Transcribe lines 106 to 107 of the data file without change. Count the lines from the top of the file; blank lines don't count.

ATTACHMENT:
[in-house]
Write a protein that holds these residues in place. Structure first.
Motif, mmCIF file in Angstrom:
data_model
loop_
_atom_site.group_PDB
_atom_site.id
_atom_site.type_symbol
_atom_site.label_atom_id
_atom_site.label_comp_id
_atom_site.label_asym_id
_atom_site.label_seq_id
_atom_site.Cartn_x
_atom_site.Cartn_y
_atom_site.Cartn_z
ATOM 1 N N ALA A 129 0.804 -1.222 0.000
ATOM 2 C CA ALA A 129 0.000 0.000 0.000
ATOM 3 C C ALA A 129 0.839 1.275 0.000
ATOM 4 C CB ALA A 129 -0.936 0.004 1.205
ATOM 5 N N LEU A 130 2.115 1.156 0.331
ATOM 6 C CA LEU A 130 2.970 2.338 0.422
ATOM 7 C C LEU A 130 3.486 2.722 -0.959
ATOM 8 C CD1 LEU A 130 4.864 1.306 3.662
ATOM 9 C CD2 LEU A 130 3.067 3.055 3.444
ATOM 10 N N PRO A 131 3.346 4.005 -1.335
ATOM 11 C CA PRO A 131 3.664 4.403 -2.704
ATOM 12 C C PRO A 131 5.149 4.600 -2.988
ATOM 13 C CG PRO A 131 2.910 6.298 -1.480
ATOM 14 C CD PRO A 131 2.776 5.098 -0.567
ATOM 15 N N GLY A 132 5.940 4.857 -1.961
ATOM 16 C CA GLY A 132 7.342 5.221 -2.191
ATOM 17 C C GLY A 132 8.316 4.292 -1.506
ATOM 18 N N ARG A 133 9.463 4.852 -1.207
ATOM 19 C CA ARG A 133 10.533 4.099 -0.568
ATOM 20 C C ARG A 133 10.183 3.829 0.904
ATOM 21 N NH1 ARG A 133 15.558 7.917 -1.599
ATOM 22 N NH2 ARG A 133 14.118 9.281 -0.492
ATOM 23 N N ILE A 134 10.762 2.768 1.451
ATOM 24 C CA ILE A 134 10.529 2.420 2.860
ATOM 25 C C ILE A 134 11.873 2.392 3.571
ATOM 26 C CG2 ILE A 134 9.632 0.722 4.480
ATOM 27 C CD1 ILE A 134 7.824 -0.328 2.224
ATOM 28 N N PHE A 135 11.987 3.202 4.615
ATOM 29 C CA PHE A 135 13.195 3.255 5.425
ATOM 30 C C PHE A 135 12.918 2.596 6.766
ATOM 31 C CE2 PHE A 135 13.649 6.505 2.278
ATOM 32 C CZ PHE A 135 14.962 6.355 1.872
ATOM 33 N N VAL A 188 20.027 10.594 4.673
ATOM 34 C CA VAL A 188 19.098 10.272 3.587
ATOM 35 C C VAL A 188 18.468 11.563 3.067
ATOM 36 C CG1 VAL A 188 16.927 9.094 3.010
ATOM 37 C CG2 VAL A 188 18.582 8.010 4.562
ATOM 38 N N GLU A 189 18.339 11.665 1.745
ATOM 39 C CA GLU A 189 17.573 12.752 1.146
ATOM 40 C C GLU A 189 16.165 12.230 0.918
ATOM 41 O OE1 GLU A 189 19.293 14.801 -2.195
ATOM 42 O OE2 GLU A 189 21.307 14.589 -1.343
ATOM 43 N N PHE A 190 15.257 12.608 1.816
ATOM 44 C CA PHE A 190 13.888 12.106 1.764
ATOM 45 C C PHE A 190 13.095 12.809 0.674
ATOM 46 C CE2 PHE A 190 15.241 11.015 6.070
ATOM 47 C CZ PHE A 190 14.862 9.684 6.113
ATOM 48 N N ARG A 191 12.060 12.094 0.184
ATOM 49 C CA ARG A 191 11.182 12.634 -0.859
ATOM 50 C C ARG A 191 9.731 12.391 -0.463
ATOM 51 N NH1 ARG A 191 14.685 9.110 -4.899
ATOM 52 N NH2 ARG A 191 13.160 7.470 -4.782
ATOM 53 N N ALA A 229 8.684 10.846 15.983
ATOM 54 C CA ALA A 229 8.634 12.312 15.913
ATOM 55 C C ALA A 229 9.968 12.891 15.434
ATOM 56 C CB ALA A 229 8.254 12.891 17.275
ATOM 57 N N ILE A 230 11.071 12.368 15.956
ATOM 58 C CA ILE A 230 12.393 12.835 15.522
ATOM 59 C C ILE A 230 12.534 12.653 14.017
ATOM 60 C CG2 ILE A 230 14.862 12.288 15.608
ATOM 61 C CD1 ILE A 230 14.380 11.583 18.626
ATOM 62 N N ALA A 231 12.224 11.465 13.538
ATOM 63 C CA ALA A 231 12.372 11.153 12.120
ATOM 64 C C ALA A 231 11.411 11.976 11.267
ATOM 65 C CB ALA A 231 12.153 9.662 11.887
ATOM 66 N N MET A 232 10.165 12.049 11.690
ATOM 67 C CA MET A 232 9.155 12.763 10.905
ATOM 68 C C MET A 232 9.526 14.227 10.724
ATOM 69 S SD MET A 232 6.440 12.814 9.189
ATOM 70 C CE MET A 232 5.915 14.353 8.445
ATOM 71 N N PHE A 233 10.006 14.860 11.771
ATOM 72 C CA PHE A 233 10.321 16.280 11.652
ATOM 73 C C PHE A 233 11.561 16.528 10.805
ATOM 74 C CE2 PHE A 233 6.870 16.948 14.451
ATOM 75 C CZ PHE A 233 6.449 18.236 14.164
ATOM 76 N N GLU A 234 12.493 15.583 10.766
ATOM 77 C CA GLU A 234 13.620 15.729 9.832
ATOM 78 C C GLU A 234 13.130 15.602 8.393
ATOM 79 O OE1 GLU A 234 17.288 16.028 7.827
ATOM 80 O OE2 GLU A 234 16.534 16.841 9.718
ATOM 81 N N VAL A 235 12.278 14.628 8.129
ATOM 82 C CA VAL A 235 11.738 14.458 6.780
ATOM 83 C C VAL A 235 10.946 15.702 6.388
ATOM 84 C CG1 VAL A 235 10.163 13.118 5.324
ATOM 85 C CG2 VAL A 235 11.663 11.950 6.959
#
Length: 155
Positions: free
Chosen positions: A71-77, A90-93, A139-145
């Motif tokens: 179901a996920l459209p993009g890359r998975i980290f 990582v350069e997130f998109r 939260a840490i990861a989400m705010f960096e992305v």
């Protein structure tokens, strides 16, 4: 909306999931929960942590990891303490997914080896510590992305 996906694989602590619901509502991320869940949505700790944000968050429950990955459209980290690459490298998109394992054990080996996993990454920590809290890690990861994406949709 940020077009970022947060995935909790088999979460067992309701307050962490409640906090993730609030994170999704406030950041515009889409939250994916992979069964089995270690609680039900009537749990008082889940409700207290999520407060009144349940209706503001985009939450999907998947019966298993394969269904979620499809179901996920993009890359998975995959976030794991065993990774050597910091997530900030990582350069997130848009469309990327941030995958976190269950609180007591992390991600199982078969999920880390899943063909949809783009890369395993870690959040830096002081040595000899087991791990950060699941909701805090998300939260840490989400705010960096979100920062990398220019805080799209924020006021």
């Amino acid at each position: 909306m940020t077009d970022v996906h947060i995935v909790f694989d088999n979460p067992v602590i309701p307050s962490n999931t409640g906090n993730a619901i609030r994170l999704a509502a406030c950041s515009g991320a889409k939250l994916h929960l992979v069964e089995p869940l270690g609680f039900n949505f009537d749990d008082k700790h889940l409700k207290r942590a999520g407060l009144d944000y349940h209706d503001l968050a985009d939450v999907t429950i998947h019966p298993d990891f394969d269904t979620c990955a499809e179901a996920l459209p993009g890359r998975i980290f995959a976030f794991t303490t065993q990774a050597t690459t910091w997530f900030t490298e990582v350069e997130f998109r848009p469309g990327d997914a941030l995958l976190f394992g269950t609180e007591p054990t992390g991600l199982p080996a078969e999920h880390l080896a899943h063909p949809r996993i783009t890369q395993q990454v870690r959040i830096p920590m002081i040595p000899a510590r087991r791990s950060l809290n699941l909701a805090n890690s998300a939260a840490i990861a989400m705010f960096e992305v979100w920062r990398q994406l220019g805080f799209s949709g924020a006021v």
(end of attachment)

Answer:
């Protein structure tokens, strides 16, 4: 909306999931929960942590990891303490997914080896510590992305 996906694989602590619901509502991320869940949505700790944000968050429950990955459209980290690459490298998109394992054990080996996993990454920590809290890690990861994406949709 940020077009970022947060995935909790088999979460067992309701307050962490409640906090993730609030994170999704406030950041515009889409939250994916992979069964089995270690609680039900009537749990008082889940409700207290999520407060009144349940209706503001985009939450999907998947019966298993394969269904979620499809179901996920993009890359998975995959976030794991065993990774050597910091997530900030990582350069997130848009469309990327941030995958976190269950609180007591992390991600199982078969999920880390899943063909949809783009890369395993870690959040830096002081040595000899087991791990950060699941909701805090998300939260840490989400705010960096979100920062990398220019805080799209924020006021």
């Amino acid at each position: 909306m940020t077009d970022v996906h947060i995935v909790f694989d088999n979460p067992v602590i309701p307050s962490n999931t409640g906090n993730a619901i609030r994170l999704a509502a406030c950041s515009g991320a889409k939250l994916h929960l992979v069964e089995p869940l270690g609680f039900n949505f009537d749990d008082k700790h889940l409700k207290r942590a999520g407060l009144d944000y349940h209706d503001l968050a985009d939450v999907t429950i998947h019966p298993d990891f394969d269904t979620c990955a499809e179901a996920l459209p993009g890359r998975i980290f995959a976030f794991t303490t065993q990774a050597t690459t910091w997530f900030t490298e990582v350069e997130f998109r848009p469309g990327d997914a941030l995958l976190f394992g269950t609180e007591p054990t992390g991600l199982p080996a078969e999920h880390l080896a899943h063909p949809r996993i783009t890369q395993q990454v870690r959040i830096p920590m002081i040595p000899a510590r087991r791990s950060l809290n699941l909701a805090n890690s998300a939260a840490i990861a989400m705010f960096e992305v979100w920062r990398q994406l220019g805080f799209s949709g924020a006021v």